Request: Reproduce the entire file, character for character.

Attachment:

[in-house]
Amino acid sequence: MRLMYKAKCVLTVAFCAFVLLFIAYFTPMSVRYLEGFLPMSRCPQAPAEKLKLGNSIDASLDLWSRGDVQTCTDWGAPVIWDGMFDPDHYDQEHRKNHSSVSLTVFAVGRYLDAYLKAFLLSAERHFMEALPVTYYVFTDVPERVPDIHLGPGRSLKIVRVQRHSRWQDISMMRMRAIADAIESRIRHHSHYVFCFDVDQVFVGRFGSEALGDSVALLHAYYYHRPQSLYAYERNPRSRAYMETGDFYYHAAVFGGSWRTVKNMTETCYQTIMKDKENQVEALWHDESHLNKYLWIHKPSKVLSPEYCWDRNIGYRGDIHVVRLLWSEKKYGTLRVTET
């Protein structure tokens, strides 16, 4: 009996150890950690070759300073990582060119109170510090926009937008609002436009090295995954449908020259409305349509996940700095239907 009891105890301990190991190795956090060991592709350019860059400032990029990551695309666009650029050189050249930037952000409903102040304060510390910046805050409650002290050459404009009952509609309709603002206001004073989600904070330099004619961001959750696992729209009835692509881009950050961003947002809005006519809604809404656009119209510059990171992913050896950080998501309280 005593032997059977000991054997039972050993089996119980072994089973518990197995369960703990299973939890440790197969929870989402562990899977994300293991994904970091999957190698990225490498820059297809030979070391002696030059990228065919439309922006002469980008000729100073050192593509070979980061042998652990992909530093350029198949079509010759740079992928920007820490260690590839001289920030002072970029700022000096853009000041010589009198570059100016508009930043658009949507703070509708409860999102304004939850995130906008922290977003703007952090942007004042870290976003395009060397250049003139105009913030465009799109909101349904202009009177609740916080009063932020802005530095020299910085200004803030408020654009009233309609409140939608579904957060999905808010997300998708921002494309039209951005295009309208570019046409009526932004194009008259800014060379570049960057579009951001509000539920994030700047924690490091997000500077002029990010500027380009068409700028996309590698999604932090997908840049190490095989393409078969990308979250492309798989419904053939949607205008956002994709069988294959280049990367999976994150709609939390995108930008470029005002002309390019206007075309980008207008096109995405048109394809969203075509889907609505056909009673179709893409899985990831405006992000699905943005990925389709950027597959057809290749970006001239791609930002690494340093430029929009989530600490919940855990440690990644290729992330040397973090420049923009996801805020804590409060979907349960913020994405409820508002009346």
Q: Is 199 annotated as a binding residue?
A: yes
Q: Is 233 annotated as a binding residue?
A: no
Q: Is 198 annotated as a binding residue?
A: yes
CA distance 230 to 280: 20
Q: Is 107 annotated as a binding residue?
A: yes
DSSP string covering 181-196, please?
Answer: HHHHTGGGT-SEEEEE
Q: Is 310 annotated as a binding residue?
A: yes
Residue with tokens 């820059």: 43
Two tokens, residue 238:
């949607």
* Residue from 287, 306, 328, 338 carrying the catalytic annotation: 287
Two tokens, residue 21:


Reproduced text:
[in-house]
Amino acid sequence: MRLMYKAKCVLTVAFCAFVLLFIAYFTPMSVRYLEGFLPMSRCPQAPAEKLKLGNSIDASLDLWSRGDVQTCTDWGAPVIWDGMFDPDHYDQEHRKNHSSVSLTVFAVGRYLDAYLKAFLLSAERHFMEALPVTYYVFTDVPERVPDIHLGPGRSLKIVRVQRHSRWQDISMMRMRAIADAIESRIRHHSHYVFCFDVDQVFVGRFGSEALGDSVALLHAYYYHRPQSLYAYERNPRSRAYMETGDFYYHAAVFGGSWRTVKNMTETCYQTIMKDKENQVEALWHDESHLNKYLWIHKPSKVLSPEYCWDRNIGYRGDIHVVRLLWSEKKYGTLRVTET
């Protein structure tokens, strides 16, 4: 009996150890950690070759300073990582060119109170510090926009937008609002436009090295995954449908020259409305349509996940700095239907 009891105890301990190991190795956090060991592709350019860059400032990029990551695309666009650029050189050249930037952000409903102040304060510390910046805050409650002290050459404009009952509609309709603002206001004073989600904070330099004619961001959750696992729209009835692509881009950050961003947002809005006519809604809404656009119209510059990171992913050896950080998501309280 005593032997059977000991054997039972050993089996119980072994089973518990197995369960703990299973939890440790197969929870989402562990899977994300293991994904970091999957190698990225490498820059297809030979070391002696030059990228065919439309922006002469980008000729100073050192593509070979980061042998652990992909530093350029198949079509010759740079992928920007820490260690590839001289920030002072970029700022000096853009000041010589009198570059100016508009930043658009949507703070509708409860999102304004939850995130906008922290977003703007952090942007004042870290976003395009060397250049003139105009913030465009799109909101349904202009009177609740916080009063932020802005530095020299910085200004803030408020654009009233309609409140939608579904957060999905808010997300998708921002494309039209951005295009309208570019046409009526932004194009008259800014060379570049960057579009951001509000539920994030700047924690490091997000500077002029990010500027380009068409700028996309590698999604932090997908840049190490095989393409078969990308979250492309798989419904053939949607205008956002994709069988294959280049990367999976994150709609939390995108930008470029005002002309390019206007075309980008207008096109995405048109394809969203075509889907609505056909009673179709893409899985990831405006992000699905943005990925389709950027597959057809290749970006001239791609930002690494340093430029929009989530600490919940855990440690990644290729992330040397973090420049923009996801805020804590409060979907349960913020994405409820508002009346």
Q: Is 199 annotated as a binding residue?
A: yes
Q: Is 233 annotated as a binding residue?
A: no
Q: Is 198 annotated as a binding residue?
A: yes
CA distance 230 to 280: 20
Q: Is 107 annotated as a binding residue?
A: yes
DSSP string covering 181-196, please?
Answer: HHHHTGGGT-SEEEEE
Q: Is 310 annotated as a binding residue?
A: yes
Residue with tokens 């820059």: 43
Two tokens, residue 238:
């949607």
* Residue from 287, 306, 328, 338 carrying the catalytic annotation: 287
Two tokens, residue 21: